This past year or so has been an apocalyptic time for our planet—and for all of us humans at the same time!
Today, the word “apocalyptic” means catastrophic, huge, disastrous, of Biblical significance, etc. It is never something good. However, this is different than how I understand the word from my own scriptural education.
The Greek word apocalypsis literally means to unveil something and thus to reveal its true form and colors. There is nothing inherently negative about it. It simply evokes more of an “Aha!” moment. It does seem to assume that many things are at least half hidden in their in-depth meaning, and they need someone to pull back the veil for us before we can understand. It is almost a form of mystery novel, waiting for Agatha Christie (1890–1976) or Father Brown to put together the clues.
…Many things are at least half hidden in their in-depth meaning, and they need someone to pull back the veil for us before we can understand.
That is often the true role of a prophet or a truth teller, much more than someone literally foretelling the future. The Bible seems to have little interest in the latter. Foretelling exact times and places might be necromancy or divination, against which many Bible verses actually warned us. This is not Biblical style prophecy. Wanting to know exact future events was considered a serious lack of trust in Yahweh, and thus a major sin. Yet this expectation of religion has lasted through to present times.
One classic image of being unveiled occurs in The Wizard of Oz. Dorothy’s dog, Toto, pulls back the curtain on the poor old Wizard, showing Dorothy and others what is really going on behind the scenes. Toto reveals nothing sinister or menacing at all, just a big, “Oh!”
Apocalyptic literature became a genre of the Hebrew Prophets (the Book of Daniel being the obvious example), and there it did become conflated with our negative image of a prophet who was perceived as a doom-and-gloom messenger, which is only a bit of the truth. The old does have to fall apart before something new can be born. The prophet was, much more importantly, the announcer of a Messianic future, Jubilee, upcoming grace, and restorative justice, and only in a more general way.
The old does have to fall apart before something new can be born.
Even more dangerously, apocalyptic literature became a type of esoteric science fiction, like the entire Book of Revelation. The reason I call it dangerous is because, again, we confuse apocalyptic literature with the prophet’s supposed foretelling of the future, and then we take it literally and historically instead of reading it as an unveiling of always true cosmic patterns. We usually don’t take science fiction, historical fiction, novels, or movies as literally prophetic, but we do take them as symbolically prophetic. Think of films such as 1984, The Matrix, Citizen Kane, E.T. the Extra-Terrestrial, and Dr. Strangelove.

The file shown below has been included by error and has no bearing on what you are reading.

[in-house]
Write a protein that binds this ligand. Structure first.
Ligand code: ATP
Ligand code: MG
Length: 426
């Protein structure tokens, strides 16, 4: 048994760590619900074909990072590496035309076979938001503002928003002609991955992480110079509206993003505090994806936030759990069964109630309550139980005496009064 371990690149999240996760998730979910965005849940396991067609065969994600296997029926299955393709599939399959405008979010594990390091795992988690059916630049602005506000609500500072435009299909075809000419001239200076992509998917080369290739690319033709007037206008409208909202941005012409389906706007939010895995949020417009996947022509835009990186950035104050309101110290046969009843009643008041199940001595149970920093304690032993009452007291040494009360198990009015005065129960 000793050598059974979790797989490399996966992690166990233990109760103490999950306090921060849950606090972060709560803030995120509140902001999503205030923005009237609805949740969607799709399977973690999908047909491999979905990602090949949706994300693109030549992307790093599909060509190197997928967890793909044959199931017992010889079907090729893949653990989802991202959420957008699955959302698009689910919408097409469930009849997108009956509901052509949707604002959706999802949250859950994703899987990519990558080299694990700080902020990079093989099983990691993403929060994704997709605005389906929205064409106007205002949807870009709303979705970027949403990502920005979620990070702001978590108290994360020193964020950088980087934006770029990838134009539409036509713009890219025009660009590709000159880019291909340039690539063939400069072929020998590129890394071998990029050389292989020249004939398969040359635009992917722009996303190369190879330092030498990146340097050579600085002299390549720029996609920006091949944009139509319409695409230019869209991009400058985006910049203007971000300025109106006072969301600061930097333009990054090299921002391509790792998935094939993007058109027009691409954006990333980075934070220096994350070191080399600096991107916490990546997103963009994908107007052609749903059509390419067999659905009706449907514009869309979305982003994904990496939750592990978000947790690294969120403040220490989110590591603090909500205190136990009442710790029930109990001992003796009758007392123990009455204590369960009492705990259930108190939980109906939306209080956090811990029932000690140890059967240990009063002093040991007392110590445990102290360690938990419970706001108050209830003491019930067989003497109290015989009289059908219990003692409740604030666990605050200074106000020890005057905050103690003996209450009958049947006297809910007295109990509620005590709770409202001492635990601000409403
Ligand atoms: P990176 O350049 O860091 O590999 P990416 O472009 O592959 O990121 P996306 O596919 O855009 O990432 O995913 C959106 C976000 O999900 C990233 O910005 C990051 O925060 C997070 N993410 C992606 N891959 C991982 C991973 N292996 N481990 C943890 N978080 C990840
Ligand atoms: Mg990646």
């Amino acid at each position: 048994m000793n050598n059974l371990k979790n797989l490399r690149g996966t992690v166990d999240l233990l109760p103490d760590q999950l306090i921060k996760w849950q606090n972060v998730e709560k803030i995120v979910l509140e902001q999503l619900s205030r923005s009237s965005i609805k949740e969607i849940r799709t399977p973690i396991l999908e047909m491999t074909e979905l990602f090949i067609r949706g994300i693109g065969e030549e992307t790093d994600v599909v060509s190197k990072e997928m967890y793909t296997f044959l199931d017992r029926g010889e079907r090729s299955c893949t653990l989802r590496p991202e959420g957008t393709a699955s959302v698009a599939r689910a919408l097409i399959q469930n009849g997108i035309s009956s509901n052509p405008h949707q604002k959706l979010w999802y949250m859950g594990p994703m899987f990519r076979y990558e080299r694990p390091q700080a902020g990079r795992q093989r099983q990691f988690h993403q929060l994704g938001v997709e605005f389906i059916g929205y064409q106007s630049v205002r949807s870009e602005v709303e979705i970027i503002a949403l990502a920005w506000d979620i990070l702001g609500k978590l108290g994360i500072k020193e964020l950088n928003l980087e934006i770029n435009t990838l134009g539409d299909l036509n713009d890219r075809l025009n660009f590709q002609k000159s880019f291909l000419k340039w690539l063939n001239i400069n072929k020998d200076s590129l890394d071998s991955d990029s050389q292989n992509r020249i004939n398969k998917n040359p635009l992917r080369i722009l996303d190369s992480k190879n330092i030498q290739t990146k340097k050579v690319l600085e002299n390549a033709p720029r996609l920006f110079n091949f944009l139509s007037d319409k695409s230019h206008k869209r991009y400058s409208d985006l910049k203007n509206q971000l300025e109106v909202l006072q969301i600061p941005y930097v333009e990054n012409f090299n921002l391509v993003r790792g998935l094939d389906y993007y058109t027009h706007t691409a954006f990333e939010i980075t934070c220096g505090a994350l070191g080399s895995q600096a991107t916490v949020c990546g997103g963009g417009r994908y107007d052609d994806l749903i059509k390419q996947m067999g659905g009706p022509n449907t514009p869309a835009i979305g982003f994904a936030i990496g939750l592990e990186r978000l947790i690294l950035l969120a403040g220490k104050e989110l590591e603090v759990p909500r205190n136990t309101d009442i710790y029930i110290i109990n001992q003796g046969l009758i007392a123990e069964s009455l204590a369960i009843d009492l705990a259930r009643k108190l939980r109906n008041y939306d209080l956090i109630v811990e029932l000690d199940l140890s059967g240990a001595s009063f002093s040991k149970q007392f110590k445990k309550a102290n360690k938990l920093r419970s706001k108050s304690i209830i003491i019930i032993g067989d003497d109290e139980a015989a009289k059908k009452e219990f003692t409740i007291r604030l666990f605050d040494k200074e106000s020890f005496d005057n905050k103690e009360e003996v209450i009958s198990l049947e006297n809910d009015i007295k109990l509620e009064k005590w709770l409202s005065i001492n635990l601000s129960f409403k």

We confuse apocalyptic literature with the prophet’s supposed foretelling of the future, and then we take it literally and historically instead of reading it as an unveiling of always true cosmic patterns.
This symbolism is the function of the liturgical readings— usually beginning in the weeks before Advent, at the end of the church year. We read of stars falling, people seeking escape, and cosmic collapse. Most people leave church thoroughly confused and threatened, but it feels so unreal, they tend to quickly forget about it— in the same manner we forget about climate change, for instance. But if it is a true unveiling of what is really and always happening, then it is important not to forget.
Some of the ways in which we are experiencing an apocalyptic time are symbolized by the universal pandemic, seeing democracy seriously questioned around the world, many politicians being in- capable of rational planning or thought, and organized Christianity either being widely abandoned or regressing into its most fundamentalist forms. There is no way around this hard message. We see violence both on the Left and the Right, and humans are tossed back and forth in this dualistic ping pong game.
A time of great unveiling is happening now, and it is indeed an apocalypse for those who know how to see and listen.
The small human ego appears to control almost everything now, as Christianity has wasted its time attacking the shadow self instead of the imperial “I” or ego—which both Jesus and Buddha said must die! There is no way around this. A time of great unveiling is happening now, and it is indeed an apocalypse for those who know how to see and listen.
Unveiling is a gift for those who are ready to see more fully. Unveiling is a disaster for those who do not want you to see.
Established in 2013, ONEING is the biannual journal of the Center for Action and Contemplation. Renowned for its diverse and deep exploration of mysticism and culture, ONEING is grounded in Richard Rohr’s teachings and wisdom lineage. Each issue features a themed collection of thoughtfully curated essays and critical perspectives from spiritual teachers, activists, modern mystics, and prophets of all religions.